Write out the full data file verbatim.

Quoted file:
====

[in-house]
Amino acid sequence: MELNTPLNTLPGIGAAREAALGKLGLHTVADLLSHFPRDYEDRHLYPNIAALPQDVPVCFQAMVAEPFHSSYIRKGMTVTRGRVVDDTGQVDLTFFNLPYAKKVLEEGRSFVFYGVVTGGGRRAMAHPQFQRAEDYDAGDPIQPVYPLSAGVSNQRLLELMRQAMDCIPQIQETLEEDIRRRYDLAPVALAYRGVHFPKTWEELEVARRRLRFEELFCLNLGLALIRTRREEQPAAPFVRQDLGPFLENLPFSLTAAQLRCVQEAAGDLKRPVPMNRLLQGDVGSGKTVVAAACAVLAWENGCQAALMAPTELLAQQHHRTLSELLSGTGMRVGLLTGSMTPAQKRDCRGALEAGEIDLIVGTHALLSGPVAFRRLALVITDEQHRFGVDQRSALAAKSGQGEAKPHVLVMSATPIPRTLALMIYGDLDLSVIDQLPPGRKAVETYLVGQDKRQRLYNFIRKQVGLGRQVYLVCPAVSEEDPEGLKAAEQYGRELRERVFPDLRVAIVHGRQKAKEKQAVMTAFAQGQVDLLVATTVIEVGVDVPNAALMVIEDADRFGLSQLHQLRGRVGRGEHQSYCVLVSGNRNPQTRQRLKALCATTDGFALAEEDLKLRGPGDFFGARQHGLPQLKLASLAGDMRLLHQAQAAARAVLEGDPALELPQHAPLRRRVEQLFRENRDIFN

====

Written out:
[in-house]
Amino acid sequence: MELNTPLNTLPGIGAAREAALGKLGLHTVADLLSHFPRDYEDRHLYPNIAALPQDVPVCFQAMVAEPFHSSYIRKGMTVTRGRVVDDTGQVDLTFFNLPYAKKVLEEGRSFVFYGVVTGGGRRAMAHPQFQRAEDYDAGDPIQPVYPLSAGVSNQRLLELMRQAMDCIPQIQETLEEDIRRRYDLAPVALAYRGVHFPKTWEELEVARRRLRFEELFCLNLGLALIRTRREEQPAAPFVRQDLGPFLENLPFSLTAAQLRCVQEAAGDLKRPVPMNRLLQGDVGSGKTVVAAACAVLAWENGCQAALMAPTELLAQQHHRTLSELLSGTGMRVGLLTGSMTPAQKRDCRGALEAGEIDLIVGTHALLSGPVAFRRLALVITDEQHRFGVDQRSALAAKSGQGEAKPHVLVMSATPIPRTLALMIYGDLDLSVIDQLPPGRKAVETYLVGQDKRQRLYNFIRKQVGLGRQVYLVCPAVSEEDPEGLKAAEQYGRELRERVFPDLRVAIVHGRQKAKEKQAVMTAFAQGQVDLLVATTVIEVGVDVPNAALMVIEDADRFGLSQLHQLRGRVGRGEHQSYCVLVSGNRNPQTRQRLKALCATTDGFALAEEDLKLRGPGDFFGARQHGLPQLKLASLAGDMRLLHQAQAAARAVLEGDPALELPQHAPLRRRVEQLFRENRDIFN